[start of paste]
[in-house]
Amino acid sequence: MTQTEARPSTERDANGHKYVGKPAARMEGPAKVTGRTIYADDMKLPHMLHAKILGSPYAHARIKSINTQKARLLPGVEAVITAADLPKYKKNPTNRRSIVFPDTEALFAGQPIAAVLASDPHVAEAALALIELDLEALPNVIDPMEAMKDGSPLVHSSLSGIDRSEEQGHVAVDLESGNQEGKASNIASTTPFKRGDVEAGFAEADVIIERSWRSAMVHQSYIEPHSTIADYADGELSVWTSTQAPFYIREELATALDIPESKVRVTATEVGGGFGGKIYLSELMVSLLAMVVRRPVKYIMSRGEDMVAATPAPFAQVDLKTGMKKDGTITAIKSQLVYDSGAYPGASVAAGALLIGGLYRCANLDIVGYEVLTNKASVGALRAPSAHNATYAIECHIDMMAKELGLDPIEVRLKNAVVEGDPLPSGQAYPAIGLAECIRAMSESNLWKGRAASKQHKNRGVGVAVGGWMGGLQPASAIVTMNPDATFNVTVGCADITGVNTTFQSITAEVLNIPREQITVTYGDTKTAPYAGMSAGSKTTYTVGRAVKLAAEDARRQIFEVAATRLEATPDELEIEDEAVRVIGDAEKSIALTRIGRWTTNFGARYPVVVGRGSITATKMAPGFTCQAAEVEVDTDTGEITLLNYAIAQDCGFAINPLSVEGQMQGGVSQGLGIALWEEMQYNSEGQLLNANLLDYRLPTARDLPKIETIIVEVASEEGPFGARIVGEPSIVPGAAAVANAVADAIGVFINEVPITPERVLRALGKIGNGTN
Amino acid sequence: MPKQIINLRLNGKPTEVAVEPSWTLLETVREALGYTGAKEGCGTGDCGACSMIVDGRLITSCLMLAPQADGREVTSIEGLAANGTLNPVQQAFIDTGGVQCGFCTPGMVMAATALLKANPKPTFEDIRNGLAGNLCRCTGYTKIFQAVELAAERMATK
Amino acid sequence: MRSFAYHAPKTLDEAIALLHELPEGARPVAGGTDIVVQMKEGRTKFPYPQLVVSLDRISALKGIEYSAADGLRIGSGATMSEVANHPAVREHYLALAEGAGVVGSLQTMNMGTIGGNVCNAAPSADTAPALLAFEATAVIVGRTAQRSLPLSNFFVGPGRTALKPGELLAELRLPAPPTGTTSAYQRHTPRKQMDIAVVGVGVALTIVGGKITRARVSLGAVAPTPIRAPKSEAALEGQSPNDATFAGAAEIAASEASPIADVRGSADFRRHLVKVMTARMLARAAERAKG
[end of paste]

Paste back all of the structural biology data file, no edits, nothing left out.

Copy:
[in-house]
Amino acid sequence: MTQTEARPSTERDANGHKYVGKPAARMEGPAKVTGRTIYADDMKLPHMLHAKILGSPYAHARIKSINTQKARLLPGVEAVITAADLPKYKKNPTNRRSIVFPDTEALFAGQPIAAVLASDPHVAEAALALIELDLEALPNVIDPMEAMKDGSPLVHSSLSGIDRSEEQGHVAVDLESGNQEGKASNIASTTPFKRGDVEAGFAEADVIIERSWRSAMVHQSYIEPHSTIADYADGELSVWTSTQAPFYIREELATALDIPESKVRVTATEVGGGFGGKIYLSELMVSLLAMVVRRPVKYIMSRGEDMVAATPAPFAQVDLKTGMKKDGTITAIKSQLVYDSGAYPGASVAAGALLIGGLYRCANLDIVGYEVLTNKASVGALRAPSAHNATYAIECHIDMMAKELGLDPIEVRLKNAVVEGDPLPSGQAYPAIGLAECIRAMSESNLWKGRAASKQHKNRGVGVAVGGWMGGLQPASAIVTMNPDATFNVTVGCADITGVNTTFQSITAEVLNIPREQITVTYGDTKTAPYAGMSAGSKTTYTVGRAVKLAAEDARRQIFEVAATRLEATPDELEIEDEAVRVIGDAEKSIALTRIGRWTTNFGARYPVVVGRGSITATKMAPGFTCQAAEVEVDTDTGEITLLNYAIAQDCGFAINPLSVEGQMQGGVSQGLGIALWEEMQYNSEGQLLNANLLDYRLPTARDLPKIETIIVEVASEEGPFGARIVGEPSIVPGAAAVANAVADAIGVFINEVPITPERVLRALGKIGNGTN
Amino acid sequence: MPKQIINLRLNGKPTEVAVEPSWTLLETVREALGYTGAKEGCGTGDCGACSMIVDGRLITSCLMLAPQADGREVTSIEGLAANGTLNPVQQAFIDTGGVQCGFCTPGMVMAATALLKANPKPTFEDIRNGLAGNLCRCTGYTKIFQAVELAAERMATK
Amino acid sequence: MRSFAYHAPKTLDEAIALLHELPEGARPVAGGTDIVVQMKEGRTKFPYPQLVVSLDRISALKGIEYSAADGLRIGSGATMSEVANHPAVREHYLALAEGAGVVGSLQTMNMGTIGGNVCNAAPSADTAPALLAFEATAVIVGRTAQRSLPLSNFFVGPGRTALKPGELLAELRLPAPPTGTTSAYQRHTPRKQMDIAVVGVGVALTIVGGKITRARVSLGAVAPTPIRAPKSEAALEGQSPNDATFAGAAEIAASEASPIADVRGSADFRRHLVKVMTARMLARAAERAKG